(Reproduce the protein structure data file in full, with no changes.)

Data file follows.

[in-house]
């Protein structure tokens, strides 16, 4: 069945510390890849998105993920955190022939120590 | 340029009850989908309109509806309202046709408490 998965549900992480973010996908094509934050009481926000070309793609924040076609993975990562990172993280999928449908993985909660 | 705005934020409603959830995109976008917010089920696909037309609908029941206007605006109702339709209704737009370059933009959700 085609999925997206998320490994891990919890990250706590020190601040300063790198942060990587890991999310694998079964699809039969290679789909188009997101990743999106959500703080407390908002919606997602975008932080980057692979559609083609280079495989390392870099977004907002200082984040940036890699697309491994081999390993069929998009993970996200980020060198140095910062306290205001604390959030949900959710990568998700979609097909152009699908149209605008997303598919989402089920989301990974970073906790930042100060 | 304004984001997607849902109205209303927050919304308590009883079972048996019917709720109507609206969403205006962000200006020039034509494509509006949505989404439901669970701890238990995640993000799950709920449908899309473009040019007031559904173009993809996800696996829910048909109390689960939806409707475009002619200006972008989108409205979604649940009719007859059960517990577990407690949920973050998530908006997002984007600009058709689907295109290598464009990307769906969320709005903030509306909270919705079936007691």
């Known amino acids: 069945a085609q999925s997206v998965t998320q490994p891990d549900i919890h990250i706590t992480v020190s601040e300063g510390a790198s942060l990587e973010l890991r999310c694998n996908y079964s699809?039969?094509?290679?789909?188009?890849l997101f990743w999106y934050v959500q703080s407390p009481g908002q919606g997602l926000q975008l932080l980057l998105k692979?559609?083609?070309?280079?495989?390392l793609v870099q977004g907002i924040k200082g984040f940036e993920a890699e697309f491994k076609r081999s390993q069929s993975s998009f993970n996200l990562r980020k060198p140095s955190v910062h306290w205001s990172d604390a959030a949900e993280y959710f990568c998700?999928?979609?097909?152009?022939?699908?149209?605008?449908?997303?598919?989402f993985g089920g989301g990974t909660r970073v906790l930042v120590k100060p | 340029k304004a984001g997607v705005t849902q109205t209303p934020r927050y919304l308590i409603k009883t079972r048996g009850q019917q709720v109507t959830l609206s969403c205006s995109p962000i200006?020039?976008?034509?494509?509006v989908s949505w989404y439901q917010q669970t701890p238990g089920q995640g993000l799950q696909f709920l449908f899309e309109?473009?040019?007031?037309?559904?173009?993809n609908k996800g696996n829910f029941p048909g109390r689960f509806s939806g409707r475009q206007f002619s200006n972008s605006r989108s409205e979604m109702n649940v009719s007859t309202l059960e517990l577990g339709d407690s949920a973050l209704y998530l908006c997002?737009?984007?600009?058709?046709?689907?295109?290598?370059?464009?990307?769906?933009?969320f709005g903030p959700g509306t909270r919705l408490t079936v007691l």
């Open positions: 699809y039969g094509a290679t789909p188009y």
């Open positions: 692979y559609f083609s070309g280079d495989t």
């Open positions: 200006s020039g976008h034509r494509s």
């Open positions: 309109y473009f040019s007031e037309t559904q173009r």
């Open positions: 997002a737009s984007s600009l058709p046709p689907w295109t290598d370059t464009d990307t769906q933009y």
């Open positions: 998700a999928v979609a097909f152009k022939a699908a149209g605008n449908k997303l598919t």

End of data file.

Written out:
[in-house]
């Protein structure tokens, strides 16, 4: 069945510390890849998105993920955190022939120590 | 340029009850989908309109509806309202046709408490 998965549900992480973010996908094509934050009481926000070309793609924040076609993975990562990172993280999928449908993985909660 | 705005934020409603959830995109976008917010089920696909037309609908029941206007605006109702339709209704737009370059933009959700 085609999925997206998320490994891990919890990250706590020190601040300063790198942060990587890991999310694998079964699809039969290679789909188009997101990743999106959500703080407390908002919606997602975008932080980057692979559609083609280079495989390392870099977004907002200082984040940036890699697309491994081999390993069929998009993970996200980020060198140095910062306290205001604390959030949900959710990568998700979609097909152009699908149209605008997303598919989402089920989301990974970073906790930042100060 | 304004984001997607849902109205209303927050919304308590009883079972048996019917709720109507609206969403205006962000200006020039034509494509509006949505989404439901669970701890238990995640993000799950709920449908899309473009040019007031559904173009993809996800696996829910048909109390689960939806409707475009002619200006972008989108409205979604649940009719007859059960517990577990407690949920973050998530908006997002984007600009058709689907295109290598464009990307769906969320709005903030509306909270919705079936007691």
């Known amino acids: 069945a085609q999925s997206v998965t998320q490994p891990d549900i919890h990250i706590t992480v020190s601040e300063g510390a790198s942060l990587e973010l890991r999310c694998n996908y079964s699809?039969?094509?290679?789909?188009?890849l997101f990743w999106y934050v959500q703080s407390p009481g908002q919606g997602l926000q975008l932080l980057l998105k692979?559609?083609?070309?280079?495989?390392l793609v870099q977004g907002i924040k200082g984040f940036e993920a890699e697309f491994k076609r081999s390993q069929s993975s998009f993970n996200l990562r980020k060198p140095s955190v910062h306290w205001s990172d604390a959030a949900e993280y959710f990568c998700?999928?979609?097909?152009?022939?699908?149209?605008?449908?997303?598919?989402f993985g089920g989301g990974t909660r970073v906790l930042v120590k100060p | 340029k304004a984001g997607v705005t849902q109205t209303p934020r927050y919304l308590i409603k009883t079972r048996g009850q019917q709720v109507t959830l609206s969403c205006s995109p962000i200006?020039?976008?034509?494509?509006v989908s949505w989404y439901q917010q669970t701890p238990g089920q995640g993000l799950q696909f709920l449908f899309e309109?473009?040019?007031?037309?559904?173009?993809n609908k996800g696996n829910f029941p048909g109390r689960f509806s939806g409707r475009q206007f002619s200006n972008s605006r989108s409205e979604m109702n649940v009719s007859t309202l059960e517990l577990g339709d407690s949920a973050l209704y998530l908006c997002?737009?984007?600009?058709?046709?689907?295109?290598?370059?464009?990307?769906?933009?969320f709005g903030p959700g509306t909270r919705l408490t079936v007691l």
């Open positions: 699809y039969g094509a290679t789909p188009y």
């Open positions: 692979y559609f083609s070309g280079d495989t």
């Open positions: 200006s020039g976008h034509r494509s």
């Open positions: 309109y473009f040019s007031e037309t559904q173009r």
């Open positions: 997002a737009s984007s600009l058709p046709p689907w295109t290598d370059t464009d990307t769906q933009y």
């Open positions: 998700a999928v979609a097909f152009k022939a699908a149209g605008n449908k997303l598919t």